Home WakeSpace Scholarship › Electronic Theses and Dissertations

Behavioral Outcomes of Asymmetric Hearing Loss

Electronic Theses and Dissertations

Item Files

Item Details

title
Behavioral Outcomes of Asymmetric Hearing Loss
author
Nofziger, Jill
abstract
The brain integrates stimuli from multiple modalities to improve detection and localization of environmental events. This integration produces the greatest enhancements when the unisensory inputs being integrated are weak, and congruent across space and time. This study investigates multisensory detection/localization behaviors in an animal (cat) model of acute asymmetric hearing loss (ASHL). ASHL is known to disrupt the spatial alignment of auditory cues in the superior colliculus, a structure associated with multisensory integration. Cats were trained to approach brief auditory and visual unimodal stimuli. They were then tested with a battery of visual and auditory stimuli presented alone or together in spatiotemporal congruence at either full or reduced intensities. As expected, enhancements were greatest with the combination of reduced intensity stimuli. ASHL was simulated using a fitted earmuff covering one ear while auditory stimuli were played at full intensity. This impaired auditory localization performance to levels similar to that in response to the reduced intensity auditory cue. However, when paired with reduced intensity spatiotemporally congruent visual stimuli, multisensory integration was impaired. These results emphasize that coincidence from a logical perspective is not equivalent to coincidence of neuronal inputs, and understanding the underlying circuitry, not simply the unimodal responses, is crucial for predicting the product of the multisensory transform.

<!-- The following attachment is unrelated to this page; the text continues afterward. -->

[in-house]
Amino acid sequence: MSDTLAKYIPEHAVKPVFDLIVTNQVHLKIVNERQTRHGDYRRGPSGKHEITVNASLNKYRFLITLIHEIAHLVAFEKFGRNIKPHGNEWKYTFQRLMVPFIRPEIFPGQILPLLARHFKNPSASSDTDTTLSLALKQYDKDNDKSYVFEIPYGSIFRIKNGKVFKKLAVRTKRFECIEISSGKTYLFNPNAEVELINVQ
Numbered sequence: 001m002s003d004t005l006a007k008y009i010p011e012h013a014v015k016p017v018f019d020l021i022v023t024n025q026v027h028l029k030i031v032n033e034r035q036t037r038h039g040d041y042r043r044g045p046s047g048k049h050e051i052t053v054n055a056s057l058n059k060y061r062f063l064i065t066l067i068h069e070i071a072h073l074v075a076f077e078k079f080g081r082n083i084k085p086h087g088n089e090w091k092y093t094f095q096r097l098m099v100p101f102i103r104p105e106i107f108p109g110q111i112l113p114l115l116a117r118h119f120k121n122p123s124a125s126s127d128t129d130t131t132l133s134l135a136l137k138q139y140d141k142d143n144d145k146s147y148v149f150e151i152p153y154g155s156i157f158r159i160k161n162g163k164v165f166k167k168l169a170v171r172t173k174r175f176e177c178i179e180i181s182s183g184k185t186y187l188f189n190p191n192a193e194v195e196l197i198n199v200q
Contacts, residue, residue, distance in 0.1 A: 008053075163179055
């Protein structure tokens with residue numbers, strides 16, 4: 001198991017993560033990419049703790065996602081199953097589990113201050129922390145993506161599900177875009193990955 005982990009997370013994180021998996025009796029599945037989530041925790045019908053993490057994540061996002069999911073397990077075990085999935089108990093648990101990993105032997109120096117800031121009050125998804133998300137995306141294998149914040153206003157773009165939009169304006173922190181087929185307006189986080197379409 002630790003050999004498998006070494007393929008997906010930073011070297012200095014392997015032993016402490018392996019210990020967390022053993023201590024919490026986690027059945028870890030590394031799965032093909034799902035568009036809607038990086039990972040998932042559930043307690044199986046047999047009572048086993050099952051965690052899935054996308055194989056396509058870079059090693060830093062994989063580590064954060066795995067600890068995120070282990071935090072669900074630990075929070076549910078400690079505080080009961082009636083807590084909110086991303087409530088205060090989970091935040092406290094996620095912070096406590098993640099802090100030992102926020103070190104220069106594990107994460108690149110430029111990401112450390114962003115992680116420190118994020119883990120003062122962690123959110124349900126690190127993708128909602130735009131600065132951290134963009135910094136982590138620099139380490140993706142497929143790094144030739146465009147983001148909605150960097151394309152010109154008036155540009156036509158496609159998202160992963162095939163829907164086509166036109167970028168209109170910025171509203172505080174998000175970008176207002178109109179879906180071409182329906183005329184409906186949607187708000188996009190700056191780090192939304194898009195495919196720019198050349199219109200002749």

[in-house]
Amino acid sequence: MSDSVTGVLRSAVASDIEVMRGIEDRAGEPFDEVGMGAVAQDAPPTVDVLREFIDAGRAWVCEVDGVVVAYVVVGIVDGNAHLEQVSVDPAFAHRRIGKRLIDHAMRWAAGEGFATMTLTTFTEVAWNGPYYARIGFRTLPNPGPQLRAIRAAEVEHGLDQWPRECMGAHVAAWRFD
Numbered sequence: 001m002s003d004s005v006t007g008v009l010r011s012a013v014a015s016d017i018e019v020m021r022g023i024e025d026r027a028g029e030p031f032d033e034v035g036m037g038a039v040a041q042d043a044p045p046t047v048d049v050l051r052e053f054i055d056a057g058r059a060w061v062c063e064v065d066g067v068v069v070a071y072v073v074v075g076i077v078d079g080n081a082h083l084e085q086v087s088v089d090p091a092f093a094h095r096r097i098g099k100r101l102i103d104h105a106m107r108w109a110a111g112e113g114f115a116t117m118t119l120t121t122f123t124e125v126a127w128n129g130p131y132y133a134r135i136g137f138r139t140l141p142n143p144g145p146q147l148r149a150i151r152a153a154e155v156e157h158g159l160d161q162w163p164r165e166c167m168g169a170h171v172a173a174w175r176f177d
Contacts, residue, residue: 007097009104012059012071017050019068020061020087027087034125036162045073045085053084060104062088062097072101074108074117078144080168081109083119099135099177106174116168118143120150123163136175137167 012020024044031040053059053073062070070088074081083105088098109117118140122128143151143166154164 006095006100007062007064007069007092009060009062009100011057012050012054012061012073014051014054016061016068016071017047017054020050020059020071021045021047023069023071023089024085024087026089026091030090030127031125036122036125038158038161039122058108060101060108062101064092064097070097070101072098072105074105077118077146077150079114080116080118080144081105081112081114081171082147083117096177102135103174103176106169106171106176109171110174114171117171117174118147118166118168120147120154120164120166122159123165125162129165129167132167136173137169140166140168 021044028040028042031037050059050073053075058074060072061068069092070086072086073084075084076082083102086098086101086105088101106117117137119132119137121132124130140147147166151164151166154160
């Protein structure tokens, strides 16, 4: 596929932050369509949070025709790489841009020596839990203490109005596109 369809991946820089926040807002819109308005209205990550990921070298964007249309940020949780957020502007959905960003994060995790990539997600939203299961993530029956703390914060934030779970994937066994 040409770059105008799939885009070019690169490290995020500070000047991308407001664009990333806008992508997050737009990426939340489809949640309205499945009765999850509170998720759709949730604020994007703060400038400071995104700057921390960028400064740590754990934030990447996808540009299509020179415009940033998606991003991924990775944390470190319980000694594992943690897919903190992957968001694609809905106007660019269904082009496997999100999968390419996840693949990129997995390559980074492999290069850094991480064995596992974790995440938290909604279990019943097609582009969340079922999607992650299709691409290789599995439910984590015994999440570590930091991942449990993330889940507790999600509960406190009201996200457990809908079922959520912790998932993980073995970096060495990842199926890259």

subject
Multisensory Integration
Superior Colliculus
contributor
Stein, Barry E (advisor)
Salinas, Emilio (committee member)
Maier, Joost X (committee member)
date
2023-07-25T17:48:31Z (accessioned)
2023-07-25T17:48:31Z (available)
2023 (issued)
degree
Neuroscience – MS (discipline)
identifier
http://hdl.handle.net/10339/102233 (uri)
language
en (iso)
publisher
Wake Forest University
type
Thesis

Usage Statistics